Child-Focused Community Development in El Salvador

Feed the Children’s child-focused community-development (CFCD) program approach includes four cornerstone pillars: Food & Nutrition, Health & Water, Education, and Livelihoods. We work to transform lives by improving the food & nutrition security of mothers and children, and more specifically to reduce malnutrition and poverty. This happens when parents have the skills they need to raise well-nourished and thriving children, when communities are clean and keep children healthy, when children get the education they need to grow up to have good jobs and to raise healthy children themselves, and when parents have the skills and resources they need to feed their families.


The most crucial time period for development is during early childhood. If malnutrition can be prevented during the first 24 months of a child’s life, he or she is more likely to achieve more education and income over his or her lifetime. To support pregnant mothers in El Salvador in ensuring the well-being of their children, Feed the Children provides them with iron and vitamin supplements to promote healthy fetal growth. Feed the Children then offers support after the birth of the child through child growth monitoring (direct beneficiaries=2,000), food supplements, deworming medication, vitamin supplements and malnutrition rehabilitation. Additionally, Feed the Children’s nutrition training (DB=2,000) helps build mothers’ capacity to make better decisions around feeding their children. Feed the Children aims to equip communities with the proper tools to combat health issues internally. Many childhood deaths can be prevented by implementing sanitation initiatives, so Feed the Children helps residents implement WASH initiatives to create a clean environment that enables children to live healthy lives. In El Salvador, some of these practices include Community-Led Total Sanitation projects that aim to create a community free from open waste by installing clean community water sources or latrines, promoting healthy practices to child caregivers and their children (DB=6,000), and encouraging point-of-use water purification. One notable project is the construction of pipelines from a clean water source to the community of El Cedro, providing water storage and treatment along the way. This project will be sustained by community management and fee collection. Community medical brigades are also established to address health concerns as they arise (DB=1,000), and citizens are screened and referred to health facilities as needed, with the goal of communities determining when outside health support is needed through Community Management of Acute Malnutrition (CMAM). Children who acquire more years of schooling are more likely to escape poverty and implement innovative practices that will enable them to live more healthy and productive lives. In El Salvador, short-term hunger can be a major hindrance to school attentiveness, so Feed the Children provides daily school meals (DB=2,100). Feed the Children also provides deworming medication (DB=1,400) and school supplies for school-aged children (DB=1,000) so that no child’s education is hindered by poor health or lack of materials. We know that creating a conducive learning environment also means equipping parents to support their children, too. This is achieved by sharing the benefits of school registration and providing PTA support and literacy training. In El Salvador, childhood outcomes are greatly improved when families and communities are not worried about basic necessities. When communities are able to adapt sustainable and economical livelihood practices, a child’s opportunities increase. To encourage healthy and productive lifestyles, community, school and homestead gardens and tree nurseries are established to encourage sustainable eating practices (DB=3,000), increase food security and improve child-micronutrient intake. The chicken project is another viable tool for subsistence, where families give the offspring of their livestock to another community member. Both community gardens and livestock increase purchasing power for residents. In addition, mothers are encouraged to leverage their skills for economical use through other projects, too, such as developing handmade products for sale and business-management training. The health and well-being of mothers closely impacts their children, so Feed the Children implements activities for mothers to understand and reduce maternal depression and to reduce gender-based violence and other gender-equity issues in El Salvador (DB=1,100). By implementing these awareness activities, mothers can ensure their own safety and psychological health, as well as their children’s.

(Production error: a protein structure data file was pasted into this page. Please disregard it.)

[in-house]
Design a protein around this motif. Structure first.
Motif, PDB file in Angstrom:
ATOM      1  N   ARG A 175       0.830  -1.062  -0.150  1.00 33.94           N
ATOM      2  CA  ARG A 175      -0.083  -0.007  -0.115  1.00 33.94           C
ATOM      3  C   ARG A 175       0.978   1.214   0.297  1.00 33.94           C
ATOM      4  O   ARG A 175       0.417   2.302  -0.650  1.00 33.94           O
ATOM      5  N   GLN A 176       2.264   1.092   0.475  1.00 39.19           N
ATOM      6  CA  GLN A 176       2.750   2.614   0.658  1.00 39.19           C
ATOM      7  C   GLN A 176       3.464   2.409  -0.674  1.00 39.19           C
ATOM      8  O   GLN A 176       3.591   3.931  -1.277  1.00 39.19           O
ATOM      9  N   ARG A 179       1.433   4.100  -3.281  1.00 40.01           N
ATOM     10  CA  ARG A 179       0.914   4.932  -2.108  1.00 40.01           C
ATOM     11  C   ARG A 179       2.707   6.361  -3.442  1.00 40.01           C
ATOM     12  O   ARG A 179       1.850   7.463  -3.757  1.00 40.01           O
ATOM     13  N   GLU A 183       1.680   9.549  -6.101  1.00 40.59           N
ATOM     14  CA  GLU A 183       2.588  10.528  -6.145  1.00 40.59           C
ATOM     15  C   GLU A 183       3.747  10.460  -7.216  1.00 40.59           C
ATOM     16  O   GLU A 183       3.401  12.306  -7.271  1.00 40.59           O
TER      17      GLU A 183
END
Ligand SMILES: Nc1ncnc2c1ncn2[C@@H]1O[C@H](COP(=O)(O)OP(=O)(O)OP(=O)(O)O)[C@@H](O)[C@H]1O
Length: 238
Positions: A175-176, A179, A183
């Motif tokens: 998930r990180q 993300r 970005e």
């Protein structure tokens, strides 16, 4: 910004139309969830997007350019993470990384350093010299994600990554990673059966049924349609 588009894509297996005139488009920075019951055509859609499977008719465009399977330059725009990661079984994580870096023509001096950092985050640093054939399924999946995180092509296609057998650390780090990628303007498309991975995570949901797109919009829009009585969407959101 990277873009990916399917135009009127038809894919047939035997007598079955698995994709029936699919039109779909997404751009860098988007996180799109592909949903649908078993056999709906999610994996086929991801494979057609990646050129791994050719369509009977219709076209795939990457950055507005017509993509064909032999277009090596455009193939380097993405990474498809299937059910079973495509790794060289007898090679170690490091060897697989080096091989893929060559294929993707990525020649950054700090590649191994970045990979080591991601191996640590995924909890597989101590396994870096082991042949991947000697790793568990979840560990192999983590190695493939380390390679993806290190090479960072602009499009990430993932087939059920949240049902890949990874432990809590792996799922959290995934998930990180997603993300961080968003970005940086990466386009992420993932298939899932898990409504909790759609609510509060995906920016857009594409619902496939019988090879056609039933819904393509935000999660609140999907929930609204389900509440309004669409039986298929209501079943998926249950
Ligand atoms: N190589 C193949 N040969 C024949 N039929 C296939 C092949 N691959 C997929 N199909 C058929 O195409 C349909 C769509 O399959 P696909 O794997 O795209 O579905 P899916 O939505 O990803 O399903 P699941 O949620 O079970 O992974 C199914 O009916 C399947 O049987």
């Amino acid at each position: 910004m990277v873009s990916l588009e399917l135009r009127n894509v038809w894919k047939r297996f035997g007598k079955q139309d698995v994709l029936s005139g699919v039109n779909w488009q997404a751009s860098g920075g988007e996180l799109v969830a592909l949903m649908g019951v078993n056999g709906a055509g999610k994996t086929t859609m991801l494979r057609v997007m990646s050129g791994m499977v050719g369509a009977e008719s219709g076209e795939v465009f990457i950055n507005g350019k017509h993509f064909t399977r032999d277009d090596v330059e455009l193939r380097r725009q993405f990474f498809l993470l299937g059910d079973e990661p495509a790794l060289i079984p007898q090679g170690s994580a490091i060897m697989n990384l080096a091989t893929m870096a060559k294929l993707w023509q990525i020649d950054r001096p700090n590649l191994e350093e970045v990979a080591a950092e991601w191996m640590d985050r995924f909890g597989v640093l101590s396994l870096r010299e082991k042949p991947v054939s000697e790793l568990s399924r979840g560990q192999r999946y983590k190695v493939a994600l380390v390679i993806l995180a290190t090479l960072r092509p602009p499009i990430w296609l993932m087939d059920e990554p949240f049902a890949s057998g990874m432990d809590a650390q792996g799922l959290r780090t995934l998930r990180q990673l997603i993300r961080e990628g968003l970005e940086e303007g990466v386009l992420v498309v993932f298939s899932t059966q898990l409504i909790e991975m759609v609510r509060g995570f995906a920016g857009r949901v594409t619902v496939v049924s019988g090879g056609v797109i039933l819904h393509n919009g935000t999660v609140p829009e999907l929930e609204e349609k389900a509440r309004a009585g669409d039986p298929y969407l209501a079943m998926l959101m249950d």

Additional information

The above reports data from fiscal year 2016 for Feed the Children.

Cross-cutting issues

Nutrition, Gender, Children


  • El Salvador>Ahuachapan
  • El Salvador>San Salvador
  • El Salvador>Santa Ana


  • Agriculture
  • Disaster Prevention and Preparedness
  • Economic Recovery and Development
  • Education
  • Food Aid
  • Health
  • Humanitarian Aid
  • Water Sanitation and Hygiene
  • Gender
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